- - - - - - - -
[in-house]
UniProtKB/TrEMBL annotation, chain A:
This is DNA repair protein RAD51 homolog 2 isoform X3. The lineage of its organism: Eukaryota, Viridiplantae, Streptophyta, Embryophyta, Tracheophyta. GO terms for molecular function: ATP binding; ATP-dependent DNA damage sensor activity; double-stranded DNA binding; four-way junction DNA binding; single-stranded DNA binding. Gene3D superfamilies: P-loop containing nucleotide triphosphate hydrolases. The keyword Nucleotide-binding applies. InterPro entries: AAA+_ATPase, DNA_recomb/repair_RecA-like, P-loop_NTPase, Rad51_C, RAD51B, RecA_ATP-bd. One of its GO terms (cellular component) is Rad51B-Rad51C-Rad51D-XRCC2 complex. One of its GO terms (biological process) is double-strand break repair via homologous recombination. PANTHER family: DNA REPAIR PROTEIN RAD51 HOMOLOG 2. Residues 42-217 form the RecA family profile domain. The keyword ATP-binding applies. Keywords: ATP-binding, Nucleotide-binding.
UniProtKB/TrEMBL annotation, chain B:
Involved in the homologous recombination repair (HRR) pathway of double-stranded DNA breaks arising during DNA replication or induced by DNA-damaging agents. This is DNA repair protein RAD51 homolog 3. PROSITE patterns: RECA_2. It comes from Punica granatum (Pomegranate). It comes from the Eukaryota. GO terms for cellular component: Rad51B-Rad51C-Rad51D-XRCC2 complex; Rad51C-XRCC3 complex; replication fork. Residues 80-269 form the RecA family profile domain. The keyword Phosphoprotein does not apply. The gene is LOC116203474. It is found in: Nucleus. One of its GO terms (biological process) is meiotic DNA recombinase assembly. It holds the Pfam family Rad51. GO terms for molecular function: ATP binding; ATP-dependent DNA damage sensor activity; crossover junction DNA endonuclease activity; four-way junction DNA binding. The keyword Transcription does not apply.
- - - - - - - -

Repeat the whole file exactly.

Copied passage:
[in-house]
UniProtKB/TrEMBL annotation, chain A:
This is DNA repair protein RAD51 homolog 2 isoform X3. The lineage of its organism: Eukaryota, Viridiplantae, Streptophyta, Embryophyta, Tracheophyta. GO terms for molecular function: ATP binding; ATP-dependent DNA damage sensor activity; double-stranded DNA binding; four-way junction DNA binding; single-stranded DNA binding. Gene3D superfamilies: P-loop containing nucleotide triphosphate hydrolases. The keyword Nucleotide-binding applies. InterPro entries: AAA+_ATPase, DNA_recomb/repair_RecA-like, P-loop_NTPase, Rad51_C, RAD51B, RecA_ATP-bd. One of its GO terms (cellular component) is Rad51B-Rad51C-Rad51D-XRCC2 complex. One of its GO terms (biological process) is double-strand break repair via homologous recombination. PANTHER family: DNA REPAIR PROTEIN RAD51 HOMOLOG 2. Residues 42-217 form the RecA family profile domain. The keyword ATP-binding applies. Keywords: ATP-binding, Nucleotide-binding.
UniProtKB/TrEMBL annotation, chain B:
Involved in the homologous recombination repair (HRR) pathway of double-stranded DNA breaks arising during DNA replication or induced by DNA-damaging agents. This is DNA repair protein RAD51 homolog 3. PROSITE patterns: RECA_2. It comes from Punica granatum (Pomegranate). It comes from the Eukaryota. GO terms for cellular component: Rad51B-Rad51C-Rad51D-XRCC2 complex; Rad51C-XRCC3 complex; replication fork. Residues 80-269 form the RecA family profile domain. The keyword Phosphoprotein does not apply. The gene is LOC116203474. It is found in: Nucleus. One of its GO terms (biological process) is meiotic DNA recombinase assembly. It holds the Pfam family Rad51. GO terms for molecular function: ATP binding; ATP-dependent DNA damage sensor activity; crossover junction DNA endonuclease activity; four-way junction DNA binding. The keyword Transcription does not apply.